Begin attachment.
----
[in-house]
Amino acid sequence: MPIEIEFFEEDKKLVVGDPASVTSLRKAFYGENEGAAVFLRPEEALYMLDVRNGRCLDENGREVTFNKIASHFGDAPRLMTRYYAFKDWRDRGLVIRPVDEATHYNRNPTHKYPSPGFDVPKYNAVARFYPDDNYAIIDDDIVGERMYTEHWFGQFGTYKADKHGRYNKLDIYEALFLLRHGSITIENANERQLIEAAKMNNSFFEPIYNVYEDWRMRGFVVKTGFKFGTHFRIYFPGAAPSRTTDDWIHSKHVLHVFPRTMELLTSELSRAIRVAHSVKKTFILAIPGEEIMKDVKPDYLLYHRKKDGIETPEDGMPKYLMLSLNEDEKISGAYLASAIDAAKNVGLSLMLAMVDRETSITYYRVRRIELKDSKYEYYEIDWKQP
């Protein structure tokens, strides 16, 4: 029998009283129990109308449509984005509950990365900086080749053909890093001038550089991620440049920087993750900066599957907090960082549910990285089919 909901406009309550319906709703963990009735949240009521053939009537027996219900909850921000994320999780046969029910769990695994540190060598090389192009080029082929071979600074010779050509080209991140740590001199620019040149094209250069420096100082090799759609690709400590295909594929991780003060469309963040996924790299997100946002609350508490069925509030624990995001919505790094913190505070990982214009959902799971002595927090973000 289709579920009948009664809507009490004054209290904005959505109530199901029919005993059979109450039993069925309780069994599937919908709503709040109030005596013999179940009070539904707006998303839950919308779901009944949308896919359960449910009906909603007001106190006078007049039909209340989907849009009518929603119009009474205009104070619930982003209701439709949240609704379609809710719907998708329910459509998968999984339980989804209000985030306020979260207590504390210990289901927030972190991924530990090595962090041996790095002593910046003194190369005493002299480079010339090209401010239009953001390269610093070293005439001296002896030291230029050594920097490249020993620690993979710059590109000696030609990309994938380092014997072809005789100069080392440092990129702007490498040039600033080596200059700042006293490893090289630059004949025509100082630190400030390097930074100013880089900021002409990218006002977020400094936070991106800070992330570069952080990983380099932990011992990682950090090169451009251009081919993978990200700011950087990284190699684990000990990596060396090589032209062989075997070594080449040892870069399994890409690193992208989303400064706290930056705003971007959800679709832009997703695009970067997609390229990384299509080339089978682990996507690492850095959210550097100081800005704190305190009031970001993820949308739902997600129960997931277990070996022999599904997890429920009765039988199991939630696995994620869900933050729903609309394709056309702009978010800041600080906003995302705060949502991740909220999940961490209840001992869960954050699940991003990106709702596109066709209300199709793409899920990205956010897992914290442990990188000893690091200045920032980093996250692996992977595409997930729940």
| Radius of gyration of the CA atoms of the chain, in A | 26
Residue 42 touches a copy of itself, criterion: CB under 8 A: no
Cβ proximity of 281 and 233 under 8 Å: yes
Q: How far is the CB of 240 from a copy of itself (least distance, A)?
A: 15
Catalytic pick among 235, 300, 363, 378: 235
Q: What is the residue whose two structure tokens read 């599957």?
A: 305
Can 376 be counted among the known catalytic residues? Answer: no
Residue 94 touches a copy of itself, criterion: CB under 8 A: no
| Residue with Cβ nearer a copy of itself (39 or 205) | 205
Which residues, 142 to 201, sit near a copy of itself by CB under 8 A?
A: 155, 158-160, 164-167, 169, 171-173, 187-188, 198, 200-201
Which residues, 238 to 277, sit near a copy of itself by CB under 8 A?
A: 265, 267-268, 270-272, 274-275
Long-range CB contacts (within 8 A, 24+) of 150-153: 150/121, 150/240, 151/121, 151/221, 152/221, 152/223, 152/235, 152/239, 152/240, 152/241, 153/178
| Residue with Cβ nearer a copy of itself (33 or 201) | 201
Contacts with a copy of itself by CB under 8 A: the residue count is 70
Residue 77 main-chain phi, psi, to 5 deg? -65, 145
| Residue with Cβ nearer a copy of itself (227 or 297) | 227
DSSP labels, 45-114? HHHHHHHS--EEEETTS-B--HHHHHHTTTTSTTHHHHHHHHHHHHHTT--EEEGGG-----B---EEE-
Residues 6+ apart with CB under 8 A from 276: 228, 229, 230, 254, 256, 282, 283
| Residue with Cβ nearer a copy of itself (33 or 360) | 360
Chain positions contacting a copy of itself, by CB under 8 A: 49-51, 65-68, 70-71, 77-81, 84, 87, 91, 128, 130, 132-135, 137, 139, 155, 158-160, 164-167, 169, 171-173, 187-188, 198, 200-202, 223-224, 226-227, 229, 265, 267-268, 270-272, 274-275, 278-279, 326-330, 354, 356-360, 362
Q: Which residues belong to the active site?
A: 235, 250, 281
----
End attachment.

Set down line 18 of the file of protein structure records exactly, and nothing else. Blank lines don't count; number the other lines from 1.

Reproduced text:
A: 265, 267-268, 270-272, 274-275